There have been situations where the IRS would intercept your own tax refunds to pay back these owed taxes. If this happens to you, you can file for an injured spouse status to get part of your refund back. It is then important to figure out with your spouse when these taxes were incurred and owed.
3. If you weren’t legally separated at time of filing
There are cases where taxes can be filed jointly even though you aren’t literally together. If you are going through a divorce or spending some time apart from each other, you will still be legally married doing that time. If that’s the case, you might still file taxes jointly because that’s what you would have always done in the past.
In cases like these, you could potentially qualify for separation of liability relief. When you file this, you are declaring that you are no longer married and wish to assume partial or none of the liability. You will need to legally show that you are divorced, separated, or not have lived together for at least 12 months prior to your claim.
If you can prove these things, then you may qualify for this liability relief. Make sure to work with your attorney if you have one.
Can the IRS take my house if my Husband or Wife owes back taxes?
Yes, the IRS can seize your house or your assets if your husband or wife owes back taxes. This only depends on whether if your spose incurred the debt during a year you filed your taxes jointly.
Whether you’re the one who encouraged the tax debt or your partner did, the IRS has legal rights to seize assets to get their money back. This can include garnishing wages, repossessing your house, and even your assets. This would depend on how much debt is owed.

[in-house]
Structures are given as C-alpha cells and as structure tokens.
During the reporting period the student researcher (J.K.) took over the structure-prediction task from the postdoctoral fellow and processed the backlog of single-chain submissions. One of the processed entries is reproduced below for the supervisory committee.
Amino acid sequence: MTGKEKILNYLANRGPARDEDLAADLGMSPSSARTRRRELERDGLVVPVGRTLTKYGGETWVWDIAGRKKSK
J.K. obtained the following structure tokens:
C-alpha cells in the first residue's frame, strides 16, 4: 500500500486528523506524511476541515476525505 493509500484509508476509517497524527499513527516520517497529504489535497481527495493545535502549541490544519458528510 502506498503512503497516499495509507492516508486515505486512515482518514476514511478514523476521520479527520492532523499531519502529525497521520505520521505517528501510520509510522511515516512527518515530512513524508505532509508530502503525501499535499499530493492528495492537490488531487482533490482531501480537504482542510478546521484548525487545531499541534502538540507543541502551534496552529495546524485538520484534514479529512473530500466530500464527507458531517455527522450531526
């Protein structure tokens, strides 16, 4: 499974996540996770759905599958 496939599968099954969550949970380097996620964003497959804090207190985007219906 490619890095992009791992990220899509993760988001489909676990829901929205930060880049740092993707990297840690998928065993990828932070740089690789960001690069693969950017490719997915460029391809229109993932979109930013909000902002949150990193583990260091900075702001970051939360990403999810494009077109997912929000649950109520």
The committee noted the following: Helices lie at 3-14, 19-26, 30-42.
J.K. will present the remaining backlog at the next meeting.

As much as the IRS has legal right to seize your physical assets, it rarely happens. Instead, they are most likely going to issue a tax lien or Levy. This means that the IRS will garnish your wages or use cash you have in a bank account to pay for your spouse’s back taxes.
Is a widow responsible for husband’s IRS debt?
Generally speaking, a widow is not responsible for her husband’s IRS debt. However, if you file joint tax returns and the debt was incurred during that time, then yes, the Widow will be responsible for the husband’s IRS debt.
It is then important to work with an attorney if the IRS comes after a widow for their husbands IRS debt. You will need to have records of weather the taxes were filed jointly or separately. If you always filed your taxes separately, then it would have been his own liability.
Whether you have a strong relationship or a failing one, it can really make for messy tax situations. One of the most important things, especially early on in your relationship, is to discuss your financial situations. The earlier you do this, the less of a headache it becomes in the future.
Talking and communicating about your finances, especially when it comes to your tax debts, is important. If you are in the middle of a separation or already separated, then knowing your options is important when it comes to tax debt.
If you wants to qualify for any of the options listed above, then you must be prepared to disclose anything and everything to the IRS. The IRS wants to make sure you are not evading any tax burdens. If you are 100% sure you qualify for the options listed above, then be prepared to show evidence of that.